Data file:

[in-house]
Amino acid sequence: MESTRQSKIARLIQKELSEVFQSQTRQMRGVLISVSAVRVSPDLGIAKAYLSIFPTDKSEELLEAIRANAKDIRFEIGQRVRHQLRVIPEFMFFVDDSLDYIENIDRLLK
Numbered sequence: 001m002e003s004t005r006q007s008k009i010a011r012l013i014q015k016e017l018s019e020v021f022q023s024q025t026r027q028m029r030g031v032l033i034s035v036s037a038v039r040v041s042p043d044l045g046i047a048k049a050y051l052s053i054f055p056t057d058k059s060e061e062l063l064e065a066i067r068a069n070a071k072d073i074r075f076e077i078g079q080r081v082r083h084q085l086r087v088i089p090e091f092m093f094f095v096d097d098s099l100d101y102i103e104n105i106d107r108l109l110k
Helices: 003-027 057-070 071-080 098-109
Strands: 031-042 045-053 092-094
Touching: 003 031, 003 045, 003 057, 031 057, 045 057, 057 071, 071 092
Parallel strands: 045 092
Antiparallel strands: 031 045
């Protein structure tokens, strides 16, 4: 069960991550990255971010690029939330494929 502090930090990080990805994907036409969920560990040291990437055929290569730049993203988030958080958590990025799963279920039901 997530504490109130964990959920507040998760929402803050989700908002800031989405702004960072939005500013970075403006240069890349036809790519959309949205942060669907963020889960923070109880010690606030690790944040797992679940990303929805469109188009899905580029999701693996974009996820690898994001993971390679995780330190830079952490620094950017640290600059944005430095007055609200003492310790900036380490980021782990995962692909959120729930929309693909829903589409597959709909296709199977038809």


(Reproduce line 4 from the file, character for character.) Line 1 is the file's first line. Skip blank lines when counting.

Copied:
Helices: 003-027 057-070 071-080 098-109